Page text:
Few days back, I had to find the MAC address of a machine whose IP address I know. Simple solution is to use ARP but the question is how ? One solution that I have is ping the machine and check your ARP cache. e.g. you need to find out the MAC address of machine having IP address, 192.168.16.134, do the following :-
-bash-2.05b# ping -c 1 -s 1 192.168.16.134
PING 192.168.16.134 (192.168.16.134) 1(29) bytes of data.
9 bytes from 192.168.16.134: icmp_seq=1 ttl=255
— 192.168.16.134 ping statistics —
1 packets transmitted, 1 received, 0% packet loss, time 0ms
-bash-2.05b# arp -na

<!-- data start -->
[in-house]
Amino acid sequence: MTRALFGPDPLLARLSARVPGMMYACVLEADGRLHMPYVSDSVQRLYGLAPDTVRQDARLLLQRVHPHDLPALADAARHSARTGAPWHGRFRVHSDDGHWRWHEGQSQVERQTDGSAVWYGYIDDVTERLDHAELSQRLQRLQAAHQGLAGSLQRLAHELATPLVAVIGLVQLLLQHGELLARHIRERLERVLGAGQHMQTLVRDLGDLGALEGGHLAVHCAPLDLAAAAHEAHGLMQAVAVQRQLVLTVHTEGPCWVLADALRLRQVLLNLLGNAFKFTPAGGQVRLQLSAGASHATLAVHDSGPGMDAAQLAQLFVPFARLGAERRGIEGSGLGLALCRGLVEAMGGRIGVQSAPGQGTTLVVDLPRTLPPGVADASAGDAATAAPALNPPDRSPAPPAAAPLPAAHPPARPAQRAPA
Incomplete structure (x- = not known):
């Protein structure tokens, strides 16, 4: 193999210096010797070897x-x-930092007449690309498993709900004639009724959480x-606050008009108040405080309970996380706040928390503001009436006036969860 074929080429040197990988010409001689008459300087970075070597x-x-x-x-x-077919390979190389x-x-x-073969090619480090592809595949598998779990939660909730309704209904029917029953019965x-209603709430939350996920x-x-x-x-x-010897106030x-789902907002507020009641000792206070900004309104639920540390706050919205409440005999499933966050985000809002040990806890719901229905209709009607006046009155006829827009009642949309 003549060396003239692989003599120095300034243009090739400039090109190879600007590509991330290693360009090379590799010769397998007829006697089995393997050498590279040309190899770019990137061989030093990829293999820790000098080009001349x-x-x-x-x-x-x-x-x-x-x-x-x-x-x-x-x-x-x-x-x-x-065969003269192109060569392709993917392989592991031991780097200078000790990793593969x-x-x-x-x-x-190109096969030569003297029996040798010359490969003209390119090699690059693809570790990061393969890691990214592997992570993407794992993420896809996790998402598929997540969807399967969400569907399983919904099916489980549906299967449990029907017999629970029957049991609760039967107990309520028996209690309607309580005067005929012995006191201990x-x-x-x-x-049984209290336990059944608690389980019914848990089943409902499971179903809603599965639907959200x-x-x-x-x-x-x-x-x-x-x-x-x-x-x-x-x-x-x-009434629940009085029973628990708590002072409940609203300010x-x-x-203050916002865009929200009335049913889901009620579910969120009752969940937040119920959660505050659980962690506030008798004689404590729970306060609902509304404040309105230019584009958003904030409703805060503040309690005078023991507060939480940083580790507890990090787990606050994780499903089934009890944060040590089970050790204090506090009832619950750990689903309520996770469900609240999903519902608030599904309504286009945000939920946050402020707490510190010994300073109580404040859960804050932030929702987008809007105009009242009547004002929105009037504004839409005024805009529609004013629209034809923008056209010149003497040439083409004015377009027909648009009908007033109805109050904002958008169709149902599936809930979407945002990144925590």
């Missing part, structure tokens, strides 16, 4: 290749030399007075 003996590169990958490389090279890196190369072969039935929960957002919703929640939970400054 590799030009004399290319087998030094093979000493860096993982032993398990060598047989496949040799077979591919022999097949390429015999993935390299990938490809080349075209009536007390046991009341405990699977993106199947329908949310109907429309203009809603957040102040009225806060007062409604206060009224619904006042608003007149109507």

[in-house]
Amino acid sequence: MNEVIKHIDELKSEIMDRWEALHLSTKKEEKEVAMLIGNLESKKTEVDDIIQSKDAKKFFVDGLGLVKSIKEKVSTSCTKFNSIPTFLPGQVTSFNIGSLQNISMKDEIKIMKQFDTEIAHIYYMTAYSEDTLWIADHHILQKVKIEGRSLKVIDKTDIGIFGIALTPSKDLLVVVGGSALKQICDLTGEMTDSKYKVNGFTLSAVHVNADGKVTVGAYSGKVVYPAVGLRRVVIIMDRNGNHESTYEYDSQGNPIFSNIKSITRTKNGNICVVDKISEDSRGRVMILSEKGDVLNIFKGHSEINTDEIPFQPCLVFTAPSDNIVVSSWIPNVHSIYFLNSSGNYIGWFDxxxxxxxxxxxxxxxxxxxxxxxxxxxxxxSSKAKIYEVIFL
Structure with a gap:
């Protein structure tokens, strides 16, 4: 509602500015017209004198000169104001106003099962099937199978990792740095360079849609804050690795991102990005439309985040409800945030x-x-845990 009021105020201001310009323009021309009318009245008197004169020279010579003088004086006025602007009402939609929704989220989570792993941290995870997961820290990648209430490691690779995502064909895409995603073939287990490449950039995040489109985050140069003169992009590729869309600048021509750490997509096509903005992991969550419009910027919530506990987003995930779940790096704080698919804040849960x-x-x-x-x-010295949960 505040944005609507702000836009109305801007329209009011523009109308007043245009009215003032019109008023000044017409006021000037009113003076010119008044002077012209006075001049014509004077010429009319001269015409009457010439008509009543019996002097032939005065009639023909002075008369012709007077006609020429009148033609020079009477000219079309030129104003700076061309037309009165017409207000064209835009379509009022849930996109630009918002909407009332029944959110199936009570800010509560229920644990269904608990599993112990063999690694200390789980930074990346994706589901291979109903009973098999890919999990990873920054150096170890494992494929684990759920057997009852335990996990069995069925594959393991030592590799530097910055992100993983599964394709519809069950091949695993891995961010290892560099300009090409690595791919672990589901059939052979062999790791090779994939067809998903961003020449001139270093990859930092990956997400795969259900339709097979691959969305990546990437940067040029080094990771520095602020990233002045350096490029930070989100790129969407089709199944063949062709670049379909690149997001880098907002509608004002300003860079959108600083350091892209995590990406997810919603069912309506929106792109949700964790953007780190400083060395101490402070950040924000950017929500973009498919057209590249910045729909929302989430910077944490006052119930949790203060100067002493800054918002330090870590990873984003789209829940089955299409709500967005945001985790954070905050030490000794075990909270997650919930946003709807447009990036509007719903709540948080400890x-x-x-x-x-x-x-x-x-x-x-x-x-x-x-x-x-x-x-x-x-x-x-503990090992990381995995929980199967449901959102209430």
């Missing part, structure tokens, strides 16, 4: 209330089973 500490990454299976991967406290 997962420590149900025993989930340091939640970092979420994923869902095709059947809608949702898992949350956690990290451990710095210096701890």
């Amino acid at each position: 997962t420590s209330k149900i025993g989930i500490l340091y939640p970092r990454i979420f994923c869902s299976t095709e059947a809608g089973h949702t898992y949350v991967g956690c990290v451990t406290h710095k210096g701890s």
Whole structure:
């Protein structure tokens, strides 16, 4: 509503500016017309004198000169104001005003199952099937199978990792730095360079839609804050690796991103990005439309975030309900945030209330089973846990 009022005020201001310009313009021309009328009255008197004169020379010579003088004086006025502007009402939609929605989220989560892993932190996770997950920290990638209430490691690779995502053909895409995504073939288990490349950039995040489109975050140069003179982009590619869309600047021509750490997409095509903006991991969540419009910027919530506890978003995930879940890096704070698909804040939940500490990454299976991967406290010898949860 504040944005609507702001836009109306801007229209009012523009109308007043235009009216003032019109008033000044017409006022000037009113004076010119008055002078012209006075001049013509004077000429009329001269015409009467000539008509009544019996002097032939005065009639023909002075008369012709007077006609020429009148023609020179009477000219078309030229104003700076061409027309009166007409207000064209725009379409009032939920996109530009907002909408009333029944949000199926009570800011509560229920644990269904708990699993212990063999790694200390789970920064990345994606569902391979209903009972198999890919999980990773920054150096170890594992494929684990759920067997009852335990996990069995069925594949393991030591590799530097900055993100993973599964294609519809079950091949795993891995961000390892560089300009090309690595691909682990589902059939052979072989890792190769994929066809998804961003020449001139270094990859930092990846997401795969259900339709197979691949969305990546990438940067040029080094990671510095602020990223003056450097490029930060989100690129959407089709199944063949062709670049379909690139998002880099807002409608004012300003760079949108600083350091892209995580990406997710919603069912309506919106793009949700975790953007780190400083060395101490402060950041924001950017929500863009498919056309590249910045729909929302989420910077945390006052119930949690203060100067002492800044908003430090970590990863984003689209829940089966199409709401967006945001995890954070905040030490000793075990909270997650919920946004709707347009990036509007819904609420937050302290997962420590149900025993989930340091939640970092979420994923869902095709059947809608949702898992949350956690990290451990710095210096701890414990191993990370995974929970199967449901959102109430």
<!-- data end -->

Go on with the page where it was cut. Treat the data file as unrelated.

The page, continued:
? (192.168.16.134) at 00:0B:2B:1A:D7:36 [ether] on eth0
? (192.168.16.19) at 00:0B:2B:12:BA:DA [ether] on eth0
Nice to have information.
From the comment by adoldo I came to know that same thing can be done using following command on linux systems (as root)
arping [IP Address]
When knowledge poures, it poures from everywhere. we can also do an nmap which gives way more information than would be required I think, including ports (hAck3rs’ 0xd31ght)
$ nmap 192.168.16.11
Starting Nmap 4.00 ( http://www.insecure.org/nmap/ ) at 2006-12-07 09:43 AKST
Interesting ports on 192.168.16.11:
(The 1669 ports scanned but not shown below are in state: closed)
PORT STATE SERVICE
22/tcp open ssh
111/tcp open rpcbind
6000/tcp open X11
MAC Address: 00:0F:FE:1B:9B:A7 (G-pro Computer)
Nmap finished: 1 IP address (1 host up) scanned in 1.553 seconds
Cool stuff !